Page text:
Even if you are afraid of going to the dentist, you can still make it fun, well, at least not so scary for your kids by following a couple of simple steps.

Take them early for their first visit, we recommend children start from three years of age. They can accompany mum or dad at their check-up and have a ride in the chair. Their first tooth is just as important as their last. Be consistent; visit your dentist every 6 months so it becomes part of their life.

Set good examples at home have your children brush 2x daily and have them use a fun toothbrush. For younger children that are teething (one year of age) we suggest two toothbrushes, one to play with as a toy – this will automatically be put into their mouth as many toys will, and one to used by mum or dad to clean their teeth in a fun way.

Younger children don’t need toothpaste but once they see you using it they will want to try. Buy children’s toothpaste that appeals to them, it may not be your preferred brand, but the point is, they are using it. Take your child shopping and let them pick out their toothbrush of choice.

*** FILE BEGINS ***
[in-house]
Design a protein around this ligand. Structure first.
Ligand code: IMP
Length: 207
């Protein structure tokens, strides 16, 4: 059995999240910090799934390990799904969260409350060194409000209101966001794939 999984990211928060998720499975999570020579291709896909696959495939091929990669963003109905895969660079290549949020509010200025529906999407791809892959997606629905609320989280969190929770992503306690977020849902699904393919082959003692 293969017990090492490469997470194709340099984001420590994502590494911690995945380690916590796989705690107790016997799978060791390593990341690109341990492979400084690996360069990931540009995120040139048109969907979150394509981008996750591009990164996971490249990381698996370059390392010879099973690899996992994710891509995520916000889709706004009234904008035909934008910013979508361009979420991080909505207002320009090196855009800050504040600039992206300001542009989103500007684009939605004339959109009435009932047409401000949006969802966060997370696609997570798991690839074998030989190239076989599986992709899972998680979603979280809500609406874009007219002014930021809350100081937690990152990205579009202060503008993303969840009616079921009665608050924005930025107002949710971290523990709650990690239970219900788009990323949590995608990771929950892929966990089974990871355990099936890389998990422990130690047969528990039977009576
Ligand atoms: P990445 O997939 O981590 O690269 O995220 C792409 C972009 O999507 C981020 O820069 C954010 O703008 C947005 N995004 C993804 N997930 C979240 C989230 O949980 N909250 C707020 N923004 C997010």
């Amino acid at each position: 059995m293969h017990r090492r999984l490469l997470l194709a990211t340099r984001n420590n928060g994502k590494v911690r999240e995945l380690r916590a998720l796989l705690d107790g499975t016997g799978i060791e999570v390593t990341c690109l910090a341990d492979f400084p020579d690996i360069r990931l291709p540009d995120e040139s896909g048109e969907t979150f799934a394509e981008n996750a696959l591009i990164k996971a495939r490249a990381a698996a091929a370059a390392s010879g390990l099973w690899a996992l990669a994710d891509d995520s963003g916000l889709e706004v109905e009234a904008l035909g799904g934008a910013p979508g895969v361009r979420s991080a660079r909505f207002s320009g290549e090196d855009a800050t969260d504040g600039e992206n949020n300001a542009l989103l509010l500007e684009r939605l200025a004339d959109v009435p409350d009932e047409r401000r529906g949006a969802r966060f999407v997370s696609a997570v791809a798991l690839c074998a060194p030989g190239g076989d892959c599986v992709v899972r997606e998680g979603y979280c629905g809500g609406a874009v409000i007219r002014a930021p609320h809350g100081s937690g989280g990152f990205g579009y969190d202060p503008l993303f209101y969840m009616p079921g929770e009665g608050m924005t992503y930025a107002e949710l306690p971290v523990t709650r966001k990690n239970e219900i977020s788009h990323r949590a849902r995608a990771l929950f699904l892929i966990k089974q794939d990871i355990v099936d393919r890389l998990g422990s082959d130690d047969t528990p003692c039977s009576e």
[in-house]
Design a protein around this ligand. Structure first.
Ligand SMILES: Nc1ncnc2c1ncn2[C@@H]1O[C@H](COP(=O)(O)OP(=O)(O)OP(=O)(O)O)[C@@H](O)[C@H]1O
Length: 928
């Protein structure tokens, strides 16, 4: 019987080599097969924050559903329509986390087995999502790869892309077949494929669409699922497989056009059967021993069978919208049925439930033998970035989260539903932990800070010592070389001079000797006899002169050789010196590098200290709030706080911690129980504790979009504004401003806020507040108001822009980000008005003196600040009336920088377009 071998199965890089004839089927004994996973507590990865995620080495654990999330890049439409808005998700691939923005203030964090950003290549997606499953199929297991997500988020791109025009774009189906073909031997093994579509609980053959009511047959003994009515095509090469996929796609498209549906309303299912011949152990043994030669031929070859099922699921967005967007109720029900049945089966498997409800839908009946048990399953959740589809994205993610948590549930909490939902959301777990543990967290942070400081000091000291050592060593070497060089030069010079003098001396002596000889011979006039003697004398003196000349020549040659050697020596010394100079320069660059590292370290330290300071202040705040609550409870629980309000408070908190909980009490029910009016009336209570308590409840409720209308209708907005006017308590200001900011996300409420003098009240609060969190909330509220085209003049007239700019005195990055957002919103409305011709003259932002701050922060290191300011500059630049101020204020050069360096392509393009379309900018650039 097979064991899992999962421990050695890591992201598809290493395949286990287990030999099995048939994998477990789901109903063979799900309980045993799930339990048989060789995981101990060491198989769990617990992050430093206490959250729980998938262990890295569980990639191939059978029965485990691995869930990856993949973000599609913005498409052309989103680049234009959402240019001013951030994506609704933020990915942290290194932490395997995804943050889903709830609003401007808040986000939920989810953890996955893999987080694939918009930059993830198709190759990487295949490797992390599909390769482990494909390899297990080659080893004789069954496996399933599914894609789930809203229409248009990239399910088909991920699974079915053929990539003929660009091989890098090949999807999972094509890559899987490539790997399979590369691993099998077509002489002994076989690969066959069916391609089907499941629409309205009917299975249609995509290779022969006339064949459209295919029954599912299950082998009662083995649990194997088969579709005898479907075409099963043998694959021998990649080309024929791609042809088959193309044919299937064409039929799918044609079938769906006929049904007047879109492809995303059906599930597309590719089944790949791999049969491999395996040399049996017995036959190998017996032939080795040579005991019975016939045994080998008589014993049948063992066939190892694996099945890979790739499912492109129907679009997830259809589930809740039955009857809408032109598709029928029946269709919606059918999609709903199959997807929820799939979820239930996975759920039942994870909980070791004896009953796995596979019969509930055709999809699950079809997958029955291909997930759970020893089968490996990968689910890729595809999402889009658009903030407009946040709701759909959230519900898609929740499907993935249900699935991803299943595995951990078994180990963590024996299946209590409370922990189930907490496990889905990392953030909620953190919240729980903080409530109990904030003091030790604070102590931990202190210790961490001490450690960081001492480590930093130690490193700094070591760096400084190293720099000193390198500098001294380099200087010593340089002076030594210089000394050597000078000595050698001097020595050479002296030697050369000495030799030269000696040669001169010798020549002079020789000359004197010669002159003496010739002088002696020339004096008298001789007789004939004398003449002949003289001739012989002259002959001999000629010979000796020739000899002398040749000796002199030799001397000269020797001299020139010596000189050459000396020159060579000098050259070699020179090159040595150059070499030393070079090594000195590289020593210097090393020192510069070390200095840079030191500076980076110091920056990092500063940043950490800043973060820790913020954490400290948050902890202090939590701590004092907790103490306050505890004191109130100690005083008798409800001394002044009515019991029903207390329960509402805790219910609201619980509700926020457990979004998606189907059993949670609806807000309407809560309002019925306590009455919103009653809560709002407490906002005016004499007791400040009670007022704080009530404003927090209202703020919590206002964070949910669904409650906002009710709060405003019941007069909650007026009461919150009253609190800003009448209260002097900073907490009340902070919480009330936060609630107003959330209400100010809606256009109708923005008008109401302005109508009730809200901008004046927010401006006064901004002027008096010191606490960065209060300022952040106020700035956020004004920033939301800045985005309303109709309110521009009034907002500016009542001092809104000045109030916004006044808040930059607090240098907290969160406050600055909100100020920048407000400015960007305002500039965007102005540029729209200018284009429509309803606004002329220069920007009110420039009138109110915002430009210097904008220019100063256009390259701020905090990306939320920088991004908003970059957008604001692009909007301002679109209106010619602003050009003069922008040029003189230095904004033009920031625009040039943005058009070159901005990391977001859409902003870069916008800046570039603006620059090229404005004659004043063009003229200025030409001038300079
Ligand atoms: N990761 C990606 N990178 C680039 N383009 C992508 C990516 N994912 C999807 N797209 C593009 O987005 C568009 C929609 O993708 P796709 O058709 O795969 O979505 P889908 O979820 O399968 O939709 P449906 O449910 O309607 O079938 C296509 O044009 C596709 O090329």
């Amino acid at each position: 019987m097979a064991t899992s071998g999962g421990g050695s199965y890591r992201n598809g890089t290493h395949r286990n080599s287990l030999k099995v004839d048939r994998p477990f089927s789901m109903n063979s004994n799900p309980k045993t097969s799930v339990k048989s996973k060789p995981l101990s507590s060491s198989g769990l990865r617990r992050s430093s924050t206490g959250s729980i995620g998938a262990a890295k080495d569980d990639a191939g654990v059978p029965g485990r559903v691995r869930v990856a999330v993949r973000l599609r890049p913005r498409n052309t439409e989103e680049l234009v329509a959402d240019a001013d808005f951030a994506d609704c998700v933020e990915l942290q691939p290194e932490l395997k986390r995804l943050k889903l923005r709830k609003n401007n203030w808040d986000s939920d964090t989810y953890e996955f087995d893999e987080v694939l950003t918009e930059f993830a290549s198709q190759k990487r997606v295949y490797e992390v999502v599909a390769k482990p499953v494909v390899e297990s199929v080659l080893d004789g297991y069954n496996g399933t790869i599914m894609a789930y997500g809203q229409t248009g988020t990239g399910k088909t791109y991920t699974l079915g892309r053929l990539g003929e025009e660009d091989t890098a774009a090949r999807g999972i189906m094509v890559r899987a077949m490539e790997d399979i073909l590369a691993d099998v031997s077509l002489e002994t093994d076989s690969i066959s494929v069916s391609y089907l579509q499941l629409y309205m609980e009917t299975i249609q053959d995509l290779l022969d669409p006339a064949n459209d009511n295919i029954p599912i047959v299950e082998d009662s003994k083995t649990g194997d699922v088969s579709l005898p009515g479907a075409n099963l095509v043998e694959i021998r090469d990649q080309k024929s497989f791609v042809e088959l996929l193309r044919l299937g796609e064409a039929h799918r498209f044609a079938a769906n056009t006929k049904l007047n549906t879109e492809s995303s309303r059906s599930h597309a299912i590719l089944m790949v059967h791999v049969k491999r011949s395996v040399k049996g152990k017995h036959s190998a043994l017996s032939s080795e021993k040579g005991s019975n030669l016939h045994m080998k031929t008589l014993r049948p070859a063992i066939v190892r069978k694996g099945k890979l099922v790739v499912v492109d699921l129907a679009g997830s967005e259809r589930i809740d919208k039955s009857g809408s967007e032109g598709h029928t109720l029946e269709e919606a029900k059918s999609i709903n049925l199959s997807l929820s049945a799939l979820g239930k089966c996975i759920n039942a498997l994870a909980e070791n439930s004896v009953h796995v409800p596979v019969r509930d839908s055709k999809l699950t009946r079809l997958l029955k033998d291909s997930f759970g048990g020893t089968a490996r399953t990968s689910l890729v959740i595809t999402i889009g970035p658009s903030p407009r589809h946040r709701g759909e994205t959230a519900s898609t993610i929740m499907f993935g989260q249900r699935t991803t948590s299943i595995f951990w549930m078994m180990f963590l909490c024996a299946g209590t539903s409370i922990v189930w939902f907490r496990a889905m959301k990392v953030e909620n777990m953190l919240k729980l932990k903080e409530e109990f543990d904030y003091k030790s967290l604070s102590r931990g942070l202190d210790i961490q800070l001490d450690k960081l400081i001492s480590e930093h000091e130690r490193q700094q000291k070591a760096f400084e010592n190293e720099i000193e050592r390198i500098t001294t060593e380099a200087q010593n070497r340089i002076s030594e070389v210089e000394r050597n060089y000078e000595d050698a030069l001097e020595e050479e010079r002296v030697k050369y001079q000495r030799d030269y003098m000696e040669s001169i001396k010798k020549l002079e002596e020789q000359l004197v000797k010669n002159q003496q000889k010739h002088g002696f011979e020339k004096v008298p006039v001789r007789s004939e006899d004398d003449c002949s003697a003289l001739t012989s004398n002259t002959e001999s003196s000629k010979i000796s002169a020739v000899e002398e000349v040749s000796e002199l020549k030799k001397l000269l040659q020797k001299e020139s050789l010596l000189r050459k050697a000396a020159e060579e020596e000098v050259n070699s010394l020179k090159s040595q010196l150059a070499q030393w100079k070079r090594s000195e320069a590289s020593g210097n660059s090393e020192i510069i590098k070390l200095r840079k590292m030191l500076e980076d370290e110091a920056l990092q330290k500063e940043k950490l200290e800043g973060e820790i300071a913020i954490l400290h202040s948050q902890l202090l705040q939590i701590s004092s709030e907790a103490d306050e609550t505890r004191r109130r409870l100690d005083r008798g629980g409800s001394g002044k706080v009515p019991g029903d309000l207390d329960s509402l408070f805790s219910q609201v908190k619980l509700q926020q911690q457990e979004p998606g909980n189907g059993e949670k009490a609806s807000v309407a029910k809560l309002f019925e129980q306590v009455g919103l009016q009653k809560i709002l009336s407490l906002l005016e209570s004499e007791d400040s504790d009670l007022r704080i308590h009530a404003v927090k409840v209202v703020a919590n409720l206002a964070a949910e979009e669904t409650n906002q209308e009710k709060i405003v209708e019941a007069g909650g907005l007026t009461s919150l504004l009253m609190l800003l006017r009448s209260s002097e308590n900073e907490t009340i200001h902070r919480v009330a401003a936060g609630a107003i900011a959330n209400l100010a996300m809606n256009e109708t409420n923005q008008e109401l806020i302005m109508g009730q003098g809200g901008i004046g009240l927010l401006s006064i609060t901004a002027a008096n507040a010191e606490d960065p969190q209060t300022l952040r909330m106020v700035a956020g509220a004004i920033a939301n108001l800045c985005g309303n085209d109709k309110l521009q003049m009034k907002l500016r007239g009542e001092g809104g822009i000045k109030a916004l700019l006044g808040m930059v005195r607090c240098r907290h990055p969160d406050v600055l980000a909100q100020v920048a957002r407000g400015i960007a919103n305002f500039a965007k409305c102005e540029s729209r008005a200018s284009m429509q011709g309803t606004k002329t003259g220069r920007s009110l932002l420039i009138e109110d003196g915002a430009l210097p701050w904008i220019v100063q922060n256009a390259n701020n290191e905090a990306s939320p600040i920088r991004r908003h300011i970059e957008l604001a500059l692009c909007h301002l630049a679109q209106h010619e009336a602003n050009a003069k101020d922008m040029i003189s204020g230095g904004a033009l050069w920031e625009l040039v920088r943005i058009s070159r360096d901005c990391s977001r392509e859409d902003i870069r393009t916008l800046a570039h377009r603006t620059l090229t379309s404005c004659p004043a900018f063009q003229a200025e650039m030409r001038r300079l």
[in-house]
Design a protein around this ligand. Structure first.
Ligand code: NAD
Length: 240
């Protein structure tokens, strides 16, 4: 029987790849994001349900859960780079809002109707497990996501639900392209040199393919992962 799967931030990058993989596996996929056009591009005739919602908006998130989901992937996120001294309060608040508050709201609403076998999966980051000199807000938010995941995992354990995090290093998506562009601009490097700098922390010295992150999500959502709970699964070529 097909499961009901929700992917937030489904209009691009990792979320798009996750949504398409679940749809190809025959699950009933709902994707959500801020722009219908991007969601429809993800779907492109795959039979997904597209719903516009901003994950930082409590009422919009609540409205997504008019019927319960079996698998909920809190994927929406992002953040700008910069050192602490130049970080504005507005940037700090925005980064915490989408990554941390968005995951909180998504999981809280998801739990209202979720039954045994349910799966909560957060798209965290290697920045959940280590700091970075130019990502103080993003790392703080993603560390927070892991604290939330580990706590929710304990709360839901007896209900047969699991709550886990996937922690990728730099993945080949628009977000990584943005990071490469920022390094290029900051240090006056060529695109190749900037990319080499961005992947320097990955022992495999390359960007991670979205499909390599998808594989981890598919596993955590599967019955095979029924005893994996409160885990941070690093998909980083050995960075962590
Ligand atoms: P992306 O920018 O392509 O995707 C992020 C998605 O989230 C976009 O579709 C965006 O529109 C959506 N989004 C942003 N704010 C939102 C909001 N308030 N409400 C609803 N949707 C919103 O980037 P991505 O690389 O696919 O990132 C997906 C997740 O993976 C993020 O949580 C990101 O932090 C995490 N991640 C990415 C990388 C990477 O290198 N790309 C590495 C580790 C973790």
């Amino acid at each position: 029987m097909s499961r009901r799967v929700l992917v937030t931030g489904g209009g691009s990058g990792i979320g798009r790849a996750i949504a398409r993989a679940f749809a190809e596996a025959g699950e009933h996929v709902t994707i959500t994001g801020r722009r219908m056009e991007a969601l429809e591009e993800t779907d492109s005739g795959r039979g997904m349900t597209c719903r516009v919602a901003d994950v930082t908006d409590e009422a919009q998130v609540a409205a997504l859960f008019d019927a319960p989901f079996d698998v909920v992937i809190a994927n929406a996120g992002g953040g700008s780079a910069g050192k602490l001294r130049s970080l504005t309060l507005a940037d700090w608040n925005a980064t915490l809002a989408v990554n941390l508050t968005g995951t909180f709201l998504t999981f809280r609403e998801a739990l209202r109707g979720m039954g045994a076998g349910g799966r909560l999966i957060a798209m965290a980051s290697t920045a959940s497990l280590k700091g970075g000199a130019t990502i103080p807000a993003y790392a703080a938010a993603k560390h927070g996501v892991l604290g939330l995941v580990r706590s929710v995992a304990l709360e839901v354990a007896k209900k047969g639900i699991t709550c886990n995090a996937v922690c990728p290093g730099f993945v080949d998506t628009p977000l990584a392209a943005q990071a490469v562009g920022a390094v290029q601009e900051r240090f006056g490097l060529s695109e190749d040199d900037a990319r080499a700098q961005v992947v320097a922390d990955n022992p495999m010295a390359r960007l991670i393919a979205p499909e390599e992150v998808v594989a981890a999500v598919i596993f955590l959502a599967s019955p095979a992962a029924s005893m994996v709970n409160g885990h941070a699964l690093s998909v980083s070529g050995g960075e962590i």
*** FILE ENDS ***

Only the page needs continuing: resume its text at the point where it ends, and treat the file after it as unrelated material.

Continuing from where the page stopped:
Do your kids sing the birthday song or ABCs when washing their hands? In a similar fashion, have them hum it out while brushing; better yet, the motorised toothbrushes can even beep when it’s time to switch zones and shut off when it’s time. The trick is to make it fun.

Before their appointment, don’t make promises you can’t keep; avoid saying things like, “it won’t hurt”…pain is subjective, you have no way of knowing where their threshold is. While you’re at it, don’t use words like pain, ouch, and hurt; instead put a positive spin on it, use words that they can relate to; make up phrases that sound fun; for example, “the Dr. Leon is going to get the Mister Ickies off your teeth so you can have a very pretty smile!” Use flowery, silly terms. Your children will eat it up.

Describe all the “cool” tools they are going to see and hear. Get creative, compare moving up and down in the chair to riding in a spaceship or airplane. It’s like going Disneyland. You get the idea. In fact we use a “vacuum cleaner” to suck the saliva and we ask children to “open their mouths as wide as a crocodile so we can see”.

During and after their appointment, praise and reward their good behaviour, don’t bribe or threaten. If you must, use a reward system. Offer a non-sugary snack or small toy after their appointment. We have stickers, so your child may be happy with that.

Children will often model good behaviour and your child can watch how much fun you’re having!

For further reading: https://www.betterhealth.vic.gov.au/health/conditionsandtreatments/teeth-development-in-children